We’ve already heard the rallying cry against SOPA/PIPA, urging us not to let the LOLcats die, so we thought we’d ask the king of the LOLcats himself, Cheezburger CEO Ben Huh, to weigh in on SOPA. He explains why his sites are standing against SOPA today and how these potential laws would threaten the Internet as we know it.
Consumerist: Cheezburger is all about entertaining content and not piracy — how would SOPA/PIPA affect sites like yours?
Ben Huh: While we would be less impacted by these bills, a censored internet, anywhere in the world makes all of us that much poorer and more ignorant. Companies like us that rely on user-generated content and expression require that we stand up for one another no matter where they are.
Consumerist: How did the Cheezburger network come to the decision to stand against SOPA/PIPA on Jan. 18?
BH: It was a hard decision, but if we are not about protecting our users freedom to access content on the Web, where would we be? Based on user feedback we decided to allow users to bypass the blackout screen if they so chose, but we hope to bring attention to this issue to millions.
Consumerist: Should the typical consumer care about SOPA passing?
BH: This is yet another ratcheting up of the criminalization of access to content. Big media companies are suffering from piracy, however the road to ending piracy is not to legislate their business model into profitability. The road to ending piracy is to provide what consumers want, when they want it and where they want it. Big media has fought every technological revolution from radio, to VCRs, and now the Internet. However, they have actually benefited from the technology in the long term once they learned how to use it. Passing these legislations will only serve to slow the progress in favor of consumers.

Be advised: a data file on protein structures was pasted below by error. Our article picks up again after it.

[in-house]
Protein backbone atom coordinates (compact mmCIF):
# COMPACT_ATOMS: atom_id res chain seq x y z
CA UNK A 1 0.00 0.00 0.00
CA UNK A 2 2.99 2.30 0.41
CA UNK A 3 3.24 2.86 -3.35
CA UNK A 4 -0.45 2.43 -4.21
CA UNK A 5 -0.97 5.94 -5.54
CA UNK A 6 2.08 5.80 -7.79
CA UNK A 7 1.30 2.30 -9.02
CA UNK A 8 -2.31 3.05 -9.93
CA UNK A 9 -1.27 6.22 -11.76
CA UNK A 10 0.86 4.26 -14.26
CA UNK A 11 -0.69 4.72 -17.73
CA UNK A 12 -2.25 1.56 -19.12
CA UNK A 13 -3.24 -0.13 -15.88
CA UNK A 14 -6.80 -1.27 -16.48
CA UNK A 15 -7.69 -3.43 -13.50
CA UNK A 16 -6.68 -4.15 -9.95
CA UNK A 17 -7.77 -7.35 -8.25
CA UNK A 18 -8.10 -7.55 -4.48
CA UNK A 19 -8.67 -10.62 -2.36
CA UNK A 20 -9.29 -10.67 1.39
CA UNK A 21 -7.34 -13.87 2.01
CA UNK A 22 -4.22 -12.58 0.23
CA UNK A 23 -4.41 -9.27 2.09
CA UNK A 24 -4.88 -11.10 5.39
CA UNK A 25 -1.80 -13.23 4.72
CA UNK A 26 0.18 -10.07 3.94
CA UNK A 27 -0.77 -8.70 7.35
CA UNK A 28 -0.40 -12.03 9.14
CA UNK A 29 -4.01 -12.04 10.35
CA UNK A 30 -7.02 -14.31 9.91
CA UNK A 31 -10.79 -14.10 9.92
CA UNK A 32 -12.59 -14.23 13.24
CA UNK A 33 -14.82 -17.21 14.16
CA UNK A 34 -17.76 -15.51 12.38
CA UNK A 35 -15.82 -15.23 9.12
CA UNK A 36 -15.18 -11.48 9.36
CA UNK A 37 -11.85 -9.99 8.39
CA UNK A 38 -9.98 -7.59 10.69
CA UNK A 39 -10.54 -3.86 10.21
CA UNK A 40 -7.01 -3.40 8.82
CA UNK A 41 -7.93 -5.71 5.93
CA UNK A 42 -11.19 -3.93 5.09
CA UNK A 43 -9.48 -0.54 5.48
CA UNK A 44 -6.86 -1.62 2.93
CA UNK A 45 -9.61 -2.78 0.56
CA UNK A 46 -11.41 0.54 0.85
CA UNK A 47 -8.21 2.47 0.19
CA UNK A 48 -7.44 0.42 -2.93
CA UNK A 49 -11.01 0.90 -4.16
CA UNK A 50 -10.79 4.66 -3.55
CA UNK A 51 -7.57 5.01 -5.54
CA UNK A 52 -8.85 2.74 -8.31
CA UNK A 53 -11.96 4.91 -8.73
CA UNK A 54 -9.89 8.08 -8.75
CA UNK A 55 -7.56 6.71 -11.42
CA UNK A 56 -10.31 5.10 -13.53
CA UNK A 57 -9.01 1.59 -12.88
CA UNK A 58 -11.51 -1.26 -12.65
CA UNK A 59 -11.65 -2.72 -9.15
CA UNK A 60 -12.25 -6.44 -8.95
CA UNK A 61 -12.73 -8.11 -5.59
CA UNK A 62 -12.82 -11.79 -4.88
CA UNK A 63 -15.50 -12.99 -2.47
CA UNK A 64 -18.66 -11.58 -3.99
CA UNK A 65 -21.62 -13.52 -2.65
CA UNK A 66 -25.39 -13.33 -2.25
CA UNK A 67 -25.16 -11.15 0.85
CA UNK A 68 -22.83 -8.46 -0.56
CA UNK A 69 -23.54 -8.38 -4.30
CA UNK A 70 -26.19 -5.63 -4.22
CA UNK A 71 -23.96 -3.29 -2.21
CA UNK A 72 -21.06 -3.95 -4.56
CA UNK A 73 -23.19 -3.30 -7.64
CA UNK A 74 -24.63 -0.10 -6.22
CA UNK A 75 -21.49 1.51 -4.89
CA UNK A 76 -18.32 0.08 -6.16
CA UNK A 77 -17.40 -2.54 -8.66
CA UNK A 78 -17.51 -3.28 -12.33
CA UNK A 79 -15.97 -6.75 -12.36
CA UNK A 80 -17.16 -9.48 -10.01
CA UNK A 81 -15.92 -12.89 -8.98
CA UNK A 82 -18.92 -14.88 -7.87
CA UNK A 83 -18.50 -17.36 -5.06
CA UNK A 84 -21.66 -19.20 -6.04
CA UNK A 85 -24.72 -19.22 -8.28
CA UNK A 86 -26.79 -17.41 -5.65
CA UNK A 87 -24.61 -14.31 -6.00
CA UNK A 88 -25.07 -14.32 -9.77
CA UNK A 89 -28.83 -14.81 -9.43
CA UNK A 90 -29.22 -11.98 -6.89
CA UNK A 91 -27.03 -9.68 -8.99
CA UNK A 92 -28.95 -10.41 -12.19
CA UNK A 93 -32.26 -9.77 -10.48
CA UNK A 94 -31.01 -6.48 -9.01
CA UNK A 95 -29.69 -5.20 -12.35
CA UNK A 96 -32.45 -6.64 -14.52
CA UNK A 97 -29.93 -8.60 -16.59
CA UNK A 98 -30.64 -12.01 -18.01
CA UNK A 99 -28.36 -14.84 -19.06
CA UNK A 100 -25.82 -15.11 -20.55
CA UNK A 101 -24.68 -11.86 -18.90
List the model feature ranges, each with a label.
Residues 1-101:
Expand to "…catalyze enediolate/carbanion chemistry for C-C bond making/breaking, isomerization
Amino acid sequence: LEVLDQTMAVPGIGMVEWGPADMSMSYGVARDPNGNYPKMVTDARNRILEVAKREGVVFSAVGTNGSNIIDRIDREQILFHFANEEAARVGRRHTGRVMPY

Consumerist: Why do you think the bill enjoys so much support in Congress, when it seems unpopular with the educated consumer?
BH: I believe that Congress still has not gotten the message that the American public is unhappy with how they represent us. Congress has an 11% approval rating and bills like this — pushed by big corporate lobbyists with little to no debate, written under the cover of darkness and over the holidays — is why they are so disliked. The bi-partisan support of these bills smack of money. The bi-partisan opposition of these bills is a grassroots revolt.
Former Senator Chris Dodd, who is now the CEO of the MPAA, called what we’re doing “abuse of power.” If exercising my First Amendment right to free speech is an abuse of power, I am going to abuse it until my voice is heard. This shows you how badly money and influence has infected our politics.